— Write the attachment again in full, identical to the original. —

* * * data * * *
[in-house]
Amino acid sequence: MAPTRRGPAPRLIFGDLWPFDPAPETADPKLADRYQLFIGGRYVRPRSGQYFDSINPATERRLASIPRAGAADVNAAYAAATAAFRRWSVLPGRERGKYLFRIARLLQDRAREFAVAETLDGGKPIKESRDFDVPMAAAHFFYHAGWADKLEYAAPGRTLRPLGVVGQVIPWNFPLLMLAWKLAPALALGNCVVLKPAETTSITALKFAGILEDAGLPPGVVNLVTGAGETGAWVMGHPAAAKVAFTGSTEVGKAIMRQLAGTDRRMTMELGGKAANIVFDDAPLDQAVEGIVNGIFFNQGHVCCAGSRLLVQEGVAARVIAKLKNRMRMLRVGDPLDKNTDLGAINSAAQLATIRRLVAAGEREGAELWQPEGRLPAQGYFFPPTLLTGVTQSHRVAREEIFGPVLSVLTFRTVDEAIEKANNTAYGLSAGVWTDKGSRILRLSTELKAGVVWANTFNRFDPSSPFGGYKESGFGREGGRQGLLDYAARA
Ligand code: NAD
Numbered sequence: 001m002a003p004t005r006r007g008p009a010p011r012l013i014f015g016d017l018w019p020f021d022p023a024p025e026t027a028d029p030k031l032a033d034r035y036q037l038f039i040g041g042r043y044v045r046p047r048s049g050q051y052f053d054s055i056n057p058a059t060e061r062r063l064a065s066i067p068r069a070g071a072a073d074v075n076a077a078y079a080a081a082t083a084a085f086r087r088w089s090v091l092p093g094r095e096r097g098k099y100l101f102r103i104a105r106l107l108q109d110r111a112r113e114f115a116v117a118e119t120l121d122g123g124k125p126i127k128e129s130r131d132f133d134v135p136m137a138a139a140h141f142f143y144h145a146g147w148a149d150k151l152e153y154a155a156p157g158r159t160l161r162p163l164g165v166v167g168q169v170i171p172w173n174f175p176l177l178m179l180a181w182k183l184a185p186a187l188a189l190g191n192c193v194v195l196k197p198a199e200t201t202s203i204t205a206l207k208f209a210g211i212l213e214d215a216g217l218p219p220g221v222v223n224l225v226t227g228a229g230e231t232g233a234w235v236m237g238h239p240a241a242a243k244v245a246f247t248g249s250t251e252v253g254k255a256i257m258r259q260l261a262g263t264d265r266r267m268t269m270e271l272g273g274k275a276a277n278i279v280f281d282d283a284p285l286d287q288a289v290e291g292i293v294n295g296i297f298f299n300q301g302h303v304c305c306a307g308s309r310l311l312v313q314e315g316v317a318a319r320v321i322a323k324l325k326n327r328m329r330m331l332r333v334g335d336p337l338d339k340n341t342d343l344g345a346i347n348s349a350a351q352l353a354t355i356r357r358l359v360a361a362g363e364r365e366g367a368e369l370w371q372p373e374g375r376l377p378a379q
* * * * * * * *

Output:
[in-house]
Amino acid sequence: MAPTRRGPAPRLIFGDLWPFDPAPETADPKLADRYQLFIGGRYVRPRSGQYFDSINPATERRLASIPRAGAADVNAAYAAATAAFRRWSVLPGRERGKYLFRIARLLQDRAREFAVAETLDGGKPIKESRDFDVPMAAAHFFYHAGWADKLEYAAPGRTLRPLGVVGQVIPWNFPLLMLAWKLAPALALGNCVVLKPAETTSITALKFAGILEDAGLPPGVVNLVTGAGETGAWVMGHPAAAKVAFTGSTEVGKAIMRQLAGTDRRMTMELGGKAANIVFDDAPLDQAVEGIVNGIFFNQGHVCCAGSRLLVQEGVAARVIAKLKNRMRMLRVGDPLDKNTDLGAINSAAQLATIRRLVAAGEREGAELWQPEGRLPAQGYFFPPTLLTGVTQSHRVAREEIFGPVLSVLTFRTVDEAIEKANNTAYGLSAGVWTDKGSRILRLSTELKAGVVWANTFNRFDPSSPFGGYKESGFGREGGRQGLLDYAARA
Ligand code: NAD
Numbered sequence: 001m002a003p004t005r006r007g008p009a010p011r012l013i014f015g016d017l018w019p020f021d022p023a024p025e026t027a028d029p030k031l032a033d034r035y036q037l038f039i040g041g042r043y044v045r046p047r048s049g050q051y052f053d054s055i056n057p058a059t060e061r062r063l064a065s066i067p068r069a070g071a072a073d074v075n076a077a078y079a080a081a082t083a084a085f086r087r088w089s090v091l092p093g094r095e096r097g098k099y100l101f102r103i104a105r106l107l108q109d110r111a112r113e114f115a116v117a118e119t120l121d122g123g124k125p126i127k128e129s130r131d132f133d134v135p136m137a138a139a140h141f142f143y144h145a146g147w148a149d150k151l152e153y154a155a156p157g158r159t160l161r162p163l164g165v166v167g168q169v170i171p172w173n174f175p176l177l178m179l180a181w182k183l184a185p186a187l188a189l190g191n192c193v194v195l196k197p198a199e200t201t202s203i204t205a206l207k208f209a210g211i212l213e214d215a216g217l218p219p220g221v222v223n224l225v226t227g228a229g230e231t232g233a234w235v236m237g238h239p240a241a242a243k244v245a246f247t248g249s250t251e252v253g254k255a256i257m258r259q260l261a262g263t264d265r266r267m268t269m270e271l272g273g274k275a276a277n278i279v280f281d282d283a284p285l286d287q288a289v290e291g292i293v294n295g296i297f298f299n300q301g302h303v304c305c306a307g308s309r310l311l312v313q314e315g316v317a318a319r320v321i322a323k324l325k326n327r328m329r330m331l332r333v334g335d336p337l338d339k340n341t342d343l344g345a346i347n348s349a350a351q352l353a354t355i356r357r358l359v360a361a362g363e364r365e366g367a368e369l370w371q372p373e374g375r376l377p378a379q